Trading under constant opportunity costs

With constant opportunity costs, a nation will specialize in the product of its comparative advantage. The principle of comparative advantage implies that with specialization and free trade, a nation enjoys production gains and consumption gains. A nation’s trade triangle denotes its exports, imports, and terms of trade. In a two nation, two product world, the trade triangle of one nation equals that of the other nation; one nation’s exports equal the other nation’s imports, and there is one equilibrium terms of trade.

Production Possibilities Schedules

  • Marginal rate of transformation, MRT

    • The amount of one product a nation must sacrifice to get one additional unit of the other product
    • Rate of sacrifice = opportunity cost of a product
    • Absolute value of the slope of production possibilities schedule
  • For Figure 2.1



Trading Under Constant-Cost Conditions

  • Constant opportunity costs

    • Straight line production possibilities schedules
    • Factors of production
    • Perfect substitutes for each other
    • All units of a given factor are of the same quality
  • Autarky

    • Absence of trade


Trading Under Constant-Cost Conditions

  • Basis for Trade

    • Principle of comparative advantage
  • Direction of Trade

    • Specialize and export the good with the lowest opportunity cost
  • Production Gains from Specialization

    • Production gains for both countries
    • Arise from the reallocation of existing resources
    • Static gains from specialization


Gains from specialization & trade: constant opportunity costs

TABLE 2.4

Trading Under Constant-Cost Conditions

  • Consumption Gains from Trade

    • Trade = consumption gains for both countries
    • Consumption points
    • Outside domestic production possibilities schedules
    • Consume more of both goods
  • Terms of trade

    • Rate at which a country’s export product is traded for the other country’s export product
    • Define the relative prices of the two products


Trading Under Constant-Cost Conditions

  • Domestic rate of transformation

    • Domestic terms of trade
    • Slope of the production possibilities schedule
    • Relative prices that two commodities can be exchanged at home
  • Terms of trade for exports

    • More favorable than domestic terms of trade


Trading Under Constant-Cost Conditions

  • Trading possibilities line

    • International terms of trade for both countries
  • Trade triangle for a country

    • Exports – along the horizontal axis
    • Imports – along the vertical axis
    • Terms of trade – the slope
  • Complete specialization

    • Produce only one product


Trading Under Constant-Cost Conditions

  • Domestic cost ratio

    • Negatively sloped production possibilities schedule
    • Transform into a positively sloped cost-ratio line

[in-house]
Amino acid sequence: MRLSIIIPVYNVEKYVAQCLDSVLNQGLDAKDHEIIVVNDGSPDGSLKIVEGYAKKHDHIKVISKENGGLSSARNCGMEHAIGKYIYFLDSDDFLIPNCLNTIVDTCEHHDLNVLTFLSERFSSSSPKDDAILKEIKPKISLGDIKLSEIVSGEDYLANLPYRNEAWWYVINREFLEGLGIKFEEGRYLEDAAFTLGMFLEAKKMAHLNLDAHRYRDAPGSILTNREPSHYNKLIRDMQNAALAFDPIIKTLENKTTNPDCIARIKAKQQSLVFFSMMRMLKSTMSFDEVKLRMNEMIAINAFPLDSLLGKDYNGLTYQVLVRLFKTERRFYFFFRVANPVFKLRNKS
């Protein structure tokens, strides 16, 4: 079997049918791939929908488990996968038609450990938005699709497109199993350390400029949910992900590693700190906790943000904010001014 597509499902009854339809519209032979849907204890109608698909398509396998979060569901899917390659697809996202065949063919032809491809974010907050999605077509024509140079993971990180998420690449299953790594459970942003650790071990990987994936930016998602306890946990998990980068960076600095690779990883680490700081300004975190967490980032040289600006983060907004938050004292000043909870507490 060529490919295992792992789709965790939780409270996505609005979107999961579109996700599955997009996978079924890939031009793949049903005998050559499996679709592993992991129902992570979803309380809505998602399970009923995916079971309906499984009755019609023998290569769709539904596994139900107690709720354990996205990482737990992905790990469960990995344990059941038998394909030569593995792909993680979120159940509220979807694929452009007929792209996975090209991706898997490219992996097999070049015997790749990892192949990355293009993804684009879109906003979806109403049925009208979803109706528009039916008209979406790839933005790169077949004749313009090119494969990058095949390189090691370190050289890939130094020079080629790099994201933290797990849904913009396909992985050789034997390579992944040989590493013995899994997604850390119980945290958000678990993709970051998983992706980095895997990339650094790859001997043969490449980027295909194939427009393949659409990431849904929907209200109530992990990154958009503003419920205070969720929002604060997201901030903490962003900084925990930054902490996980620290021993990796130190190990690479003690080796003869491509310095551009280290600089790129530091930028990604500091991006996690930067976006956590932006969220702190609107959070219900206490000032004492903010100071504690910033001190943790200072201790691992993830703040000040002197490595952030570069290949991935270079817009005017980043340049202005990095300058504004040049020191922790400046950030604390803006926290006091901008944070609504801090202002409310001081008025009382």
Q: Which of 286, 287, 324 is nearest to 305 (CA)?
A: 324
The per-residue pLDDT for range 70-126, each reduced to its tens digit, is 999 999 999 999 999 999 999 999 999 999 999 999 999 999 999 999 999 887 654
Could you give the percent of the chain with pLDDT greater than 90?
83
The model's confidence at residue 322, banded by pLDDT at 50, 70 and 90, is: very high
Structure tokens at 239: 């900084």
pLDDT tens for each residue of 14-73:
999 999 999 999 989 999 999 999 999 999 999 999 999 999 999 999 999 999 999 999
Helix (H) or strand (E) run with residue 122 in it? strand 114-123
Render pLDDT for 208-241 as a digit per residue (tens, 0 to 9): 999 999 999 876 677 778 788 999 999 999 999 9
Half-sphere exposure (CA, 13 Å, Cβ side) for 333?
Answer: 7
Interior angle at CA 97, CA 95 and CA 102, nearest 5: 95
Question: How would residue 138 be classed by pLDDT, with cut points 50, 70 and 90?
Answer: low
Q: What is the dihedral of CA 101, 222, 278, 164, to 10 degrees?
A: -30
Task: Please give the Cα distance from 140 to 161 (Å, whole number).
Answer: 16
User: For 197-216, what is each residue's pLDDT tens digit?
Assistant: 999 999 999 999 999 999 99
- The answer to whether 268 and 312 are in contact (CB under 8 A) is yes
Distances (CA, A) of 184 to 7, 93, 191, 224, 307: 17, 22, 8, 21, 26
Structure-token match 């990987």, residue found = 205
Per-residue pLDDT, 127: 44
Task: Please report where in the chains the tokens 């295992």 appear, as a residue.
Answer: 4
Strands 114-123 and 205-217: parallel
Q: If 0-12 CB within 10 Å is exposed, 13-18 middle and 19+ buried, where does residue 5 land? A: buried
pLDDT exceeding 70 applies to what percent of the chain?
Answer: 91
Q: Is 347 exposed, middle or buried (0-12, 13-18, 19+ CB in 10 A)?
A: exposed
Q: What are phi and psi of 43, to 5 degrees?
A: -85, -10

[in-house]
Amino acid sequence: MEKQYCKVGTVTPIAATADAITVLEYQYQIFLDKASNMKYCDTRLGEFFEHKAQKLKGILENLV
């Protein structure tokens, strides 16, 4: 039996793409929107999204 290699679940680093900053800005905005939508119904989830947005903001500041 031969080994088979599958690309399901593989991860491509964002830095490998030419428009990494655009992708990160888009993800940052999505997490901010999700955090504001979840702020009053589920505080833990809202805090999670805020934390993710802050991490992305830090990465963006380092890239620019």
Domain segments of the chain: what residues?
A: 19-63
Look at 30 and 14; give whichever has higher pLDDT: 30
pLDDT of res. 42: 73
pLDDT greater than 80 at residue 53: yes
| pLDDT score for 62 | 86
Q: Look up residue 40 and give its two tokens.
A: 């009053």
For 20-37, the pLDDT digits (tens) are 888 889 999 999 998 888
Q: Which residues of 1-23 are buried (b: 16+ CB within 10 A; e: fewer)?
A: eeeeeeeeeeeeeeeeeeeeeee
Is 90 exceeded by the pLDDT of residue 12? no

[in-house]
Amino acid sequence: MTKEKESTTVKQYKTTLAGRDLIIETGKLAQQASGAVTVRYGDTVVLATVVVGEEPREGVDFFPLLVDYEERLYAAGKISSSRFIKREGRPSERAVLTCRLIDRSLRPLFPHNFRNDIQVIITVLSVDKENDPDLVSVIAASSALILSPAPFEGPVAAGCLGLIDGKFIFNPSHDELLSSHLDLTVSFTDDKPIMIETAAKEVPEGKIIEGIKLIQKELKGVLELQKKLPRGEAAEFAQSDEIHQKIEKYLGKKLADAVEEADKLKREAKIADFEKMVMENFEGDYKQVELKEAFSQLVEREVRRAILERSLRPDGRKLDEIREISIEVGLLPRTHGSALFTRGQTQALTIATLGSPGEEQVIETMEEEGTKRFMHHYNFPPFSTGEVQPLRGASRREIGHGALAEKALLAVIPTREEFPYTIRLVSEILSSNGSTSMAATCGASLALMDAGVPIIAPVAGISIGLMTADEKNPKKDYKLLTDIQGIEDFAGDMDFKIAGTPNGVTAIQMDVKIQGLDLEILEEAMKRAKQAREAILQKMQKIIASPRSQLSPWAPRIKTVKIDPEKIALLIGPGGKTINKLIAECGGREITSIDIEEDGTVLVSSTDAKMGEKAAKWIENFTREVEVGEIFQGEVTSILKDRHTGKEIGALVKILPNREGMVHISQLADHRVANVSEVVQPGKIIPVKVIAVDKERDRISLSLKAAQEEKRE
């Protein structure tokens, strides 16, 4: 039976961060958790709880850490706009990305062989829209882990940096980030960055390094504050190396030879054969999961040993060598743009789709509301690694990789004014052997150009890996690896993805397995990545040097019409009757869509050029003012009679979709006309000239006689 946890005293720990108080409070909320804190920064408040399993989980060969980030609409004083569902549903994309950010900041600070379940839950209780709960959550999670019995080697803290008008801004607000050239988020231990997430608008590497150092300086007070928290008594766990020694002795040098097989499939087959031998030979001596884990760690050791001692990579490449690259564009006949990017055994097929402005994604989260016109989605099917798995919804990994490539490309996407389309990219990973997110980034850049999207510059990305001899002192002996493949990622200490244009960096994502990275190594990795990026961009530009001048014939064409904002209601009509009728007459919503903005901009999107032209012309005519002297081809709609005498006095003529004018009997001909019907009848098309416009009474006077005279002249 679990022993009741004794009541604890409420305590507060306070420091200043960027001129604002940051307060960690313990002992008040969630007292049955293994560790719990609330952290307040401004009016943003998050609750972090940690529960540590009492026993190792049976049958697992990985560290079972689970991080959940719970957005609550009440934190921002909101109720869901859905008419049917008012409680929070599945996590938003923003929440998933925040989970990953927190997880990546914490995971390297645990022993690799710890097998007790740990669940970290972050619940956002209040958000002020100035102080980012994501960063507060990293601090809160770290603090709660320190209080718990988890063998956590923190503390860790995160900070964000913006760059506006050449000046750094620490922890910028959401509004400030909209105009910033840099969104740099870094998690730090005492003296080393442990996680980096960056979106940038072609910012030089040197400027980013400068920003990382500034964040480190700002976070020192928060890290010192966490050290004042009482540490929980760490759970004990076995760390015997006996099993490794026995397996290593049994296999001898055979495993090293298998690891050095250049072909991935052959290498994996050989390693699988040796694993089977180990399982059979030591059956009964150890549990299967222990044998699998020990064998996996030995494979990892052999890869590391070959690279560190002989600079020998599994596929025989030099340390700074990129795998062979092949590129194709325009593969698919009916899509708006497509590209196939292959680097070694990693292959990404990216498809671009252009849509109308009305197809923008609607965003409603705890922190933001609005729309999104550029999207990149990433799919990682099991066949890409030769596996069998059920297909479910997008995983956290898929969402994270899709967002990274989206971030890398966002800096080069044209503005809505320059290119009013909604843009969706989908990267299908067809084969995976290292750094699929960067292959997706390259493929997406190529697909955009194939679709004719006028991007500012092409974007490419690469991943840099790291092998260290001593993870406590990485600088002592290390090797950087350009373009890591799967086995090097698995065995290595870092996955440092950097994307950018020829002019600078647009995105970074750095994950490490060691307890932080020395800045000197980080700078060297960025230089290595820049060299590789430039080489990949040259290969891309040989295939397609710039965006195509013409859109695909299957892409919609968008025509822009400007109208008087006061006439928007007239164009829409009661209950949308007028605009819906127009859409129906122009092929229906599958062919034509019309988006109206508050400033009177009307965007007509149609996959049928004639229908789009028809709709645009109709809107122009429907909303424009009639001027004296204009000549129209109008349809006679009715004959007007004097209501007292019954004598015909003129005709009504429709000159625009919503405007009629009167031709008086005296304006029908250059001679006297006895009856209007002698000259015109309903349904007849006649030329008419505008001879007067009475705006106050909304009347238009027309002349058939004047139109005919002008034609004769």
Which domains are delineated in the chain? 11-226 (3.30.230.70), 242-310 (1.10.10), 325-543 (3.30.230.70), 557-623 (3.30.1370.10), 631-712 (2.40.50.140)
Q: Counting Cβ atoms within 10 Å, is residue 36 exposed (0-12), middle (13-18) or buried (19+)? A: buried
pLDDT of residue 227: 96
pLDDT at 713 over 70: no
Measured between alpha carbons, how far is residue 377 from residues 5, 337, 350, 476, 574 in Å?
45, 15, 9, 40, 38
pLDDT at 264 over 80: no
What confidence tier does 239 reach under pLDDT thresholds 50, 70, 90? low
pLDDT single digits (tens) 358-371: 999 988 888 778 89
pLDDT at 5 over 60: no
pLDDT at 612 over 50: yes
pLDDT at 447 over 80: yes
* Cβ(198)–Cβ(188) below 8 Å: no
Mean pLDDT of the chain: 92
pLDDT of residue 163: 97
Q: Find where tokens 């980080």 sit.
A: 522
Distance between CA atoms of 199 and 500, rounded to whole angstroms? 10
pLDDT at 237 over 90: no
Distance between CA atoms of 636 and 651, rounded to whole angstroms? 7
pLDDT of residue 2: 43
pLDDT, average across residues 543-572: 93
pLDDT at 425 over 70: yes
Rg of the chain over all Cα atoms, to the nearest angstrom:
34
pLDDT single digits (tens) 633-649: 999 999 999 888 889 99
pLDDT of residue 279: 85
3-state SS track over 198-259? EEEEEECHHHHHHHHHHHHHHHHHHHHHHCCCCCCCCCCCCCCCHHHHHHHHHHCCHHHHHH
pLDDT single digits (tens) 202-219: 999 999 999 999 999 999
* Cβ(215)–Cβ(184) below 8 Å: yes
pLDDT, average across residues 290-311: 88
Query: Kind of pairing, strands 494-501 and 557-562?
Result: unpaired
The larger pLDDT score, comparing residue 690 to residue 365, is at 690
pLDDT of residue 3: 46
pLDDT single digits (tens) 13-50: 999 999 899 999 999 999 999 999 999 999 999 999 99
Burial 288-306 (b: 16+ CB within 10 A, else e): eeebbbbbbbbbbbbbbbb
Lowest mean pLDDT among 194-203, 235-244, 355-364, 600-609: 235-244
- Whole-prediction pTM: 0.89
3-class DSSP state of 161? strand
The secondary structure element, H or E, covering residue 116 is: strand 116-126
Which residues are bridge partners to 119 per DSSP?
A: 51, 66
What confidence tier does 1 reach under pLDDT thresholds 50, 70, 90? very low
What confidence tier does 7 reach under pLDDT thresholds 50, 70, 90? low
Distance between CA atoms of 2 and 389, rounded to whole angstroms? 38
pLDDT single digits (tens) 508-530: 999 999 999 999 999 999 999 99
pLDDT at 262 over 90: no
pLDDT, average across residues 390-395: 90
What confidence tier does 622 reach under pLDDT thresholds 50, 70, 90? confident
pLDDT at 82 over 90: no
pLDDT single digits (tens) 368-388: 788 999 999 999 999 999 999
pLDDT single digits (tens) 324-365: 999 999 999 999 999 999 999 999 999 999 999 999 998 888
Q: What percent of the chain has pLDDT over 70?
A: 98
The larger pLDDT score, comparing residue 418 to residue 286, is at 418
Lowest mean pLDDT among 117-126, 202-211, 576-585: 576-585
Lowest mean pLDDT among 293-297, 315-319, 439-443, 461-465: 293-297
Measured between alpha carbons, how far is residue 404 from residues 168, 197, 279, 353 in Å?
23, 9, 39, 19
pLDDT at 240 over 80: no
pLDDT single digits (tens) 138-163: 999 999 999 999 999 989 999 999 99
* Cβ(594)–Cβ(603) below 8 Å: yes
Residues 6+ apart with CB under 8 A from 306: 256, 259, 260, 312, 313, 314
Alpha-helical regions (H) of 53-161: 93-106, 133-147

• Outer limits for the equilibrium terms of trade
    • Becomes no-trade boundary
  • Region of mutually beneficial trade

    • Bounded by the cost ratios of the two countries


Equilibrium terms-of-trade limits

The supply-side analysis of Ricardo describes the outer limits within which the equilibrium terms of trade must fall. The domestic cost ratios set the outer limits for the equilibrium terms of trade. Mutually beneficial trade for both nations occurs if the equilibrium terms of trade lies between the two nations’ domestic cost ratios. According to the theory of reciprocal demand, the actual exchange ratio at which trade occurs depends on the trading partners’ interacting demands.

Trading Under Constant-Cost Conditions

  • Equilibrium Terms of Trade, John Stuart Mill (1806–1873)

    • Add the intensity of the trading partners’ demands
    • Determine the actual terms of trade
    • The theory of reciprocal demand


Trading Under Constant-Cost Conditions

  • Theory of reciprocal demand

    • Within the outer limits of the terms of trade
    • Actual terms of trade are determined by the relative strength of each country’s demand for the other country’s product
    • Production costs determine the outer limits of the terms of trade
    • Reciprocal demand determines what the actual terms of trade will be within those limits


Trading Under Constant-Cost Conditions

  • Theory of reciprocal demand

    • Best applies when both nations are of equal economic size
    • The demand of each nation - noticeable effect on market price
    • If two nations are of unequal economic size
    • The relative demand strength of the smaller nation will be dwarfed by that of the larger nation
      • Domestic exchange ratio of the larger nation will prevail
      • The small nation can export as much of the commodity as it desires


Trading Under Constant-Cost Conditions

  • The importance of being unimportant

  • For two nations engaged in international trade

    • Same size, similar taste patterns
    • Gains from trade – shared equally between them
    • One nation is significantly larger than the other
    • Larger nation - fewer gains from trade
    • Smaller nation - most of the gains from trade


Babe Ruth and the principle of comparative advantage

  • George Herman Ruth (1895–1948)

  • 1914 – 1920, Boston Red Sox, 158 games

    • Left-handed pitcher
    • Pitching record: 89 wins and 46 losses
    • 23 victories in 1916
    • 24 victories in 1917
  • Babe Ruth

    • Absolute advantage in pitching
    • Comparative advantage in hitting


Babe Ruth and the principle of comparative advantage

  • 1920 – 1934, New York Yankees, Babe Ruth

    • Ended his pitching career - 2.28 earned run average
    • Switched to only hitting
    • Dominated professional baseball
    • Teamed with Lou Gehrig
    • Greatest one-two hitting punch in baseball
    • 1927 Yankees - the best in baseball history
    • Record of 60 home runs


Babe Ruth and the principle of comparative advantage

  • 1920 – 1934, New York Yankees, Babe Ruth

    • 1923, Yankee Stadium – nicknamed “The House That Ruth Built”
    • Baseball Hall of Fame, 1936
    • Win four World Series
    • Most renewed franchise


Trading Under Constant-Cost Conditions

  • Terms-of-Trade Estimates

    • Commodity terms of trade
    • Barter terms of trade
    • Measure of the international exchange ratio